Home » Blog

For these times, they are a-changin.

in Communications, Leadership by Amy Wong Leave a comment

Maybe I am dating myself. And yes, I admit to overuse of an oft-quoted Bob Dylan song lyric as an entry to a blog/article. But as a near life-long resident of northeast Ohio (minus six years during college and in my early 20s) I have noticed more change in the last five years than I have seen in a long time.

Something just “feels” different. I can’t put my finger on it, but there seems to be a positive energy cast over the region – an aura that signals some really great things are on the horizon.

I see increased collaboration, new ideas, faster project iteration, a focus on innovation, and even investments in technology and programs that aren’t quite the norm or a guaranteed slam dunk. There are changes in leadership at many levels. Young people are being given a chance to head up organizations and projects, and even though there is still a gender gap, increased opportunities supporting women are emerging.

Leadership Akron’s Community Leadership Institute (CLI) collaboration with Women’s Network of Northeast Ohio is one such emerging opportunity.

I was fortunate to be selected for the CLI Class II, which completed its three-month program in early May. I didn’t know what to expect when the program started, but I knew the content would be valuable since both organizations have a reputation for delivering high-quality programs.

I was certainly not disappointed, but was surprised by how much more I took away from the program than I anticipated. As a CEO, I am constantly looking for ways to do things better for clients and staff. The CLI gave me the opportunity to immerse myself in something that will help me improve and grow personally as well as professionally.

During CLI…

  • I met people who inspired me and that I likely wouldn’t have met otherwise.
  • I learned to embrace the energy and knowledge from our group discussions.
  • I enjoyed that no one talked about how to communicate with a specific age group – baby boomers, Generation Xers or millennials. What we did talk about was how to harness our own strengths and understand the strengths of others to build a better workplace.
  • I made new friends and business connections that will be invaluable.
  • I joined 25 other women in looking for ways to create change in our workplaces and our community.

While heading up my own company and a household with three busy teenagers, I must work to be a good leader and role model. I’m not perfect by any means and I have certainly made mistakes. But I am willing to learn. I think women need programs like CLI to make it easier to gain leadership skills. CLI gave us a “safe zone” where we could be a little vulnerable and honest, while speaking about real issues without being judged.

I am a firm believer that being better requires change, whether it is changing leaders, a habit, an attitude or process. And I truly believe times ARE changing here in northeast Ohio, definitely for the better. And I love it.

5 Things I learned at my first Cleveland GiveCamp

in Volunteerism by Sara Lundenberger Leave a comment
A project near completion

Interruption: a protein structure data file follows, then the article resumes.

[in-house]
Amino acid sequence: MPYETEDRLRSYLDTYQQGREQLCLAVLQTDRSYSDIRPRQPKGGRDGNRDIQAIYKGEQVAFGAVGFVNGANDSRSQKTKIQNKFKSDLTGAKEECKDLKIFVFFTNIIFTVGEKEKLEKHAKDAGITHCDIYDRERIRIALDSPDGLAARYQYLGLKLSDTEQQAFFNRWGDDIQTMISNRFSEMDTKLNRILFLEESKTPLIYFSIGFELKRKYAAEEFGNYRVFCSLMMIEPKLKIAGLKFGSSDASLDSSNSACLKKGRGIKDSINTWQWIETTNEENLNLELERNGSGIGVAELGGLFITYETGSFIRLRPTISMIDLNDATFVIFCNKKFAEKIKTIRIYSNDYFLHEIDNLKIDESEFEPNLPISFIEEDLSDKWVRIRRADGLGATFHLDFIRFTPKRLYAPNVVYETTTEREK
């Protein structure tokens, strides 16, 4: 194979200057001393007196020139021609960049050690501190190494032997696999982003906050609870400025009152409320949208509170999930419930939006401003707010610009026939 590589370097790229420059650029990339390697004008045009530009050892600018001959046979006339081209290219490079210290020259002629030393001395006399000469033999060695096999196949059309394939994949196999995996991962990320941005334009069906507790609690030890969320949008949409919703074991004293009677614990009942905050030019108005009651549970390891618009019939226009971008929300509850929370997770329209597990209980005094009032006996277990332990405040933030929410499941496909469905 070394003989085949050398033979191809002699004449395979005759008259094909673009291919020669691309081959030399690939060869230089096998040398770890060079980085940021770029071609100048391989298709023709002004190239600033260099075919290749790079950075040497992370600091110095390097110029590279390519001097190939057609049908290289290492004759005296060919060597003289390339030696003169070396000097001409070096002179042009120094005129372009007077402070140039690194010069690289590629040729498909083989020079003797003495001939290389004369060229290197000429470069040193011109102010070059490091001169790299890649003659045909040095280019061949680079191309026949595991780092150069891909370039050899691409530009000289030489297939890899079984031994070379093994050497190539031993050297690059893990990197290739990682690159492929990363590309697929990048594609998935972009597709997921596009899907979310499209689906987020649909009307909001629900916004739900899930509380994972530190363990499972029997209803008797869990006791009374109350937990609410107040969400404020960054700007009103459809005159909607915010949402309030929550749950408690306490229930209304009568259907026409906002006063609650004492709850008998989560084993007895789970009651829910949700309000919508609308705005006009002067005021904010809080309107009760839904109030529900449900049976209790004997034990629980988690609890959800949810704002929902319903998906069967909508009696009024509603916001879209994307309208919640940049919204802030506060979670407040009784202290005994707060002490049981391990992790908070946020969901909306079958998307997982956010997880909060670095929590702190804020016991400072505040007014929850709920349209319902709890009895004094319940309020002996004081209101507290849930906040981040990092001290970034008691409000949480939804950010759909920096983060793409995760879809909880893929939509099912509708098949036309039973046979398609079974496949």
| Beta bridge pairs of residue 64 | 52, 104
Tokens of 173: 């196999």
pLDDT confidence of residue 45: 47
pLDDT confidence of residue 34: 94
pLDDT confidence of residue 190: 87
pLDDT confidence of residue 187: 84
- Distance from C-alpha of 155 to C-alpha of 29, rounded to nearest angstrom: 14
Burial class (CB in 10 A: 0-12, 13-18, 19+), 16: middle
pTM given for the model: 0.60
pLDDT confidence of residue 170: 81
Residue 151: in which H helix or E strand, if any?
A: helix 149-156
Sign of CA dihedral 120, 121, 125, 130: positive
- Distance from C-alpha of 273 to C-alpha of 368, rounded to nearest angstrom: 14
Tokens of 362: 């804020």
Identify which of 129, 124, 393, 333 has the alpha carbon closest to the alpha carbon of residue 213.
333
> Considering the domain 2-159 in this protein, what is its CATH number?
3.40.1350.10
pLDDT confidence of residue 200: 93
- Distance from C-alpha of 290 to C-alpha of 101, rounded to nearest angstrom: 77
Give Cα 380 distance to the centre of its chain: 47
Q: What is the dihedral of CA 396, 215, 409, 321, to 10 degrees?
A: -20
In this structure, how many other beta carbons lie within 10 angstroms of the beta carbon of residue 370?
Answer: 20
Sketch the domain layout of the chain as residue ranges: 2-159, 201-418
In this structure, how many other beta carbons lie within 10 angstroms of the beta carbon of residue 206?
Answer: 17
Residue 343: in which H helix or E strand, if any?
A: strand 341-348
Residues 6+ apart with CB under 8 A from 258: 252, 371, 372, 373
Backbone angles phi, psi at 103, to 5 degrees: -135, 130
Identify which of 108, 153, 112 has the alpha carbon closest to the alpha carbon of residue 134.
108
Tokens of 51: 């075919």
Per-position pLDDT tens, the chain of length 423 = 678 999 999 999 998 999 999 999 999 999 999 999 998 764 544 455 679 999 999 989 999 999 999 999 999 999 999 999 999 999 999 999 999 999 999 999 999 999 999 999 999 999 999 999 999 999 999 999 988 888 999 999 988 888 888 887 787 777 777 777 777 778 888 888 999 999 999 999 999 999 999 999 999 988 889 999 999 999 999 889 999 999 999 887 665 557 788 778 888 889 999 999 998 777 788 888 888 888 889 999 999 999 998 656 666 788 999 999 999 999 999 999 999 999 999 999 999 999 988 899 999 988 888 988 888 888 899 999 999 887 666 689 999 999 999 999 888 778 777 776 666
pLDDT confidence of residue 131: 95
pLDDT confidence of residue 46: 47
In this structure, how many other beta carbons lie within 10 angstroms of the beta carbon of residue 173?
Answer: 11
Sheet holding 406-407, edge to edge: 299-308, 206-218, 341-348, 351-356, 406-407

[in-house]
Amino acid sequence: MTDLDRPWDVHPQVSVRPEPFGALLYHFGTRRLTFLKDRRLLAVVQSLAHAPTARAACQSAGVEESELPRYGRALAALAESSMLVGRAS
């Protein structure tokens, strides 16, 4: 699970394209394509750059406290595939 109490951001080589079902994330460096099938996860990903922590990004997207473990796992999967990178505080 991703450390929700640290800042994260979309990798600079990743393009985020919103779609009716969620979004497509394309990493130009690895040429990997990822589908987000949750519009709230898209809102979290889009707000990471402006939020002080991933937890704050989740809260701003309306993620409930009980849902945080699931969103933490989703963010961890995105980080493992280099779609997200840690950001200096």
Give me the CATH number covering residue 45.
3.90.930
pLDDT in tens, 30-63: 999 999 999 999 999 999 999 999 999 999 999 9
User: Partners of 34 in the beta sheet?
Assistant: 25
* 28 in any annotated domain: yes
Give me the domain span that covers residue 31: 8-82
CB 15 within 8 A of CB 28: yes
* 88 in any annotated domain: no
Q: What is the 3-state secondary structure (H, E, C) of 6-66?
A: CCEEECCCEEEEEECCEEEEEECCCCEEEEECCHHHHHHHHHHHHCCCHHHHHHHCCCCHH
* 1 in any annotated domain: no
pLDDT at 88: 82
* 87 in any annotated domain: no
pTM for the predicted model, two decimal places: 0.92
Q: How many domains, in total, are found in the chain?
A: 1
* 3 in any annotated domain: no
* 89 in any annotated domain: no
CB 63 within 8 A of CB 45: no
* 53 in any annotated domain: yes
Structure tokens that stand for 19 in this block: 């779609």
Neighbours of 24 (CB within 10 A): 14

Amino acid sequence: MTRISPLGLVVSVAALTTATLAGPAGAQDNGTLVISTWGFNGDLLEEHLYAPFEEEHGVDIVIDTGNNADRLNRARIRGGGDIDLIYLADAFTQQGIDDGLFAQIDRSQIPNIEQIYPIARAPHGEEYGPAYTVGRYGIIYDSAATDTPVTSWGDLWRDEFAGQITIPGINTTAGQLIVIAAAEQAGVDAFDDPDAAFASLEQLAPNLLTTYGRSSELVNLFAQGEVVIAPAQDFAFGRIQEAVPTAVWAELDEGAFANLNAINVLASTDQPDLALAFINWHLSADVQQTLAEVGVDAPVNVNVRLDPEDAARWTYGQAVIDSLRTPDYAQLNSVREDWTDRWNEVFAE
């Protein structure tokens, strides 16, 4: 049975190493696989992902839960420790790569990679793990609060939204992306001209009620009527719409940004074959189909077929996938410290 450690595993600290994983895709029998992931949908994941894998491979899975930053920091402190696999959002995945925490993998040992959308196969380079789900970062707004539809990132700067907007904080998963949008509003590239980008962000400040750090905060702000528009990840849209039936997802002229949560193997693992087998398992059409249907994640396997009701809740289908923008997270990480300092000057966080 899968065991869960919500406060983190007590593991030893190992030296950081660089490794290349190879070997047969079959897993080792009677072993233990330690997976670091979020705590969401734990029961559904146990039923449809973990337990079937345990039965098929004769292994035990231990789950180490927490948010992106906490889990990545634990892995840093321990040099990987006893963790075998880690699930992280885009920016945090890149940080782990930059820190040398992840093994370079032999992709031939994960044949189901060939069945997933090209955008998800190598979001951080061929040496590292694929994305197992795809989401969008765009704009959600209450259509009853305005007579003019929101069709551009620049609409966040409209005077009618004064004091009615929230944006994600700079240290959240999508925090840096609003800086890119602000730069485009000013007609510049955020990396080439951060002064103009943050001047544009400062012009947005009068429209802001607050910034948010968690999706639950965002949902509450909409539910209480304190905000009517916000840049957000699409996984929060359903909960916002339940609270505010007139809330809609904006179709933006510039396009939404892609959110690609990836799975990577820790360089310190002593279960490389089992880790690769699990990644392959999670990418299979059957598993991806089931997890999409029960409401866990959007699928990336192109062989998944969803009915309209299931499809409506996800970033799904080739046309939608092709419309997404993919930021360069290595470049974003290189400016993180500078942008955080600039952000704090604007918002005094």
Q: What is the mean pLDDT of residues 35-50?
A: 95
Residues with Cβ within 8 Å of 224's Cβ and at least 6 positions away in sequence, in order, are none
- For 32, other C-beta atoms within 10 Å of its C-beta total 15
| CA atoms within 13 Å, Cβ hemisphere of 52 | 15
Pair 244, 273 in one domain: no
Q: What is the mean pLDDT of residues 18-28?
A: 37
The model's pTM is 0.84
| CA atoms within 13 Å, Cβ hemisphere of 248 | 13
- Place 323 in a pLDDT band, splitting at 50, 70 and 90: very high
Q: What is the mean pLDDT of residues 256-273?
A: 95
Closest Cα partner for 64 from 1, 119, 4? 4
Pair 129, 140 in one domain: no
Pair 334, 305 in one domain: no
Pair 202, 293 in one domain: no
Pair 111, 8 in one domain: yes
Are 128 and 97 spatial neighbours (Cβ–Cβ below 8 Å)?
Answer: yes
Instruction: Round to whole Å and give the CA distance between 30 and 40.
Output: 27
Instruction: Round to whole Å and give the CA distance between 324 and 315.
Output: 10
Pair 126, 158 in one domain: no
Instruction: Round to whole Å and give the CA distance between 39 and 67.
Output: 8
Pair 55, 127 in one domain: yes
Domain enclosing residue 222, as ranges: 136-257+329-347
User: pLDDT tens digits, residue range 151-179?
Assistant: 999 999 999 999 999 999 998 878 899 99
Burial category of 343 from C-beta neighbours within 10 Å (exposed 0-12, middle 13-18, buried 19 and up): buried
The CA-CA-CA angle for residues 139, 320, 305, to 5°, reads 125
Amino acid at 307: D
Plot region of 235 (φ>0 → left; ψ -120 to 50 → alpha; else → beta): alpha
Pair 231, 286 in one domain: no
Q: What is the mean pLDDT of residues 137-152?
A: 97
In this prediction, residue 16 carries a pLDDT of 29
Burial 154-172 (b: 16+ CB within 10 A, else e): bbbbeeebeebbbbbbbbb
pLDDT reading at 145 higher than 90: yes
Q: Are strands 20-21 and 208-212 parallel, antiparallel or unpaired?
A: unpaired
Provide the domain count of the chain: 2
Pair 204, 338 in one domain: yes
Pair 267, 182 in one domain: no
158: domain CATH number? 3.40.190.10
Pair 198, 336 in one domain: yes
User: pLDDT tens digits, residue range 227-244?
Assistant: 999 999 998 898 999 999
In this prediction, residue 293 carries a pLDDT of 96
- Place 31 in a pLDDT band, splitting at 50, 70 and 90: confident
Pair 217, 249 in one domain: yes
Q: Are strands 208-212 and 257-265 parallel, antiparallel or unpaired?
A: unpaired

A project near completion

by Sara Lundenberger, fundraising and marketing strategist

A few weekends ago I got the chance to volunteer at the Sixth Annual Cleveland GiveCamp. GiveCamp is a chance for local nonprofits to work with graphic designers, content writers, developers and other volunteers to create a new website, GPS based walking map and even a 3D instructional game for free in 3 days.

Here are the five things I learned that can apply to any job.
1- Preparation is key: As with most projects, a little background work can make a huge difference. The nonprofits that came to camp with content, photos and logos ready to go were leaps and bounds ahead of those that showed up with a lot of excitement, but nothing prepared.
2- If at first you don’t succeed…Pivot: I had the chance to sit in with three different teams throughout the weekend. The common theme on every team was changing directions. If the first idea you have doesn’t work, change it and keep changing it until it does.
3- The tech world isn’t run by 20-somethings: Yes- there were a lot of very young code writers and developers working all weekend. But they weren’t the only ones. Don’t assume that because someone is older than 30 they can’t possible understand CSS or PHP. Knowledge and experience are a pretty unbeatable combination.
4- Think outside the box: Just because you haven’t seen it done before doesn’t mean it can’t be done. I saw a lot of projects that started with a “It would be great if our site could…” and ended with a site that can do that and more.
5- Teamwork always wins: Whether you were on a project team, the security team, a floater and/ or Team Z (the non-technical, everything else group of volunteers) nothing would have been accomplished without teamwork. One team had 19 people working at all hours of the night to finish its project.
5b- Know your strengths: This sort of goes along with teamwork, but is a little different. Everyone has strengths, whether its web development, graphic design, social media or just being a worker. Use what you know and don’t be offended or upset if you aren’t needed.

Ask me what I did over the weekend. Really, ask me.

in Volunteerism by Amy Wong Leave a comment
GiveCamp team working on a new website for Urban Vision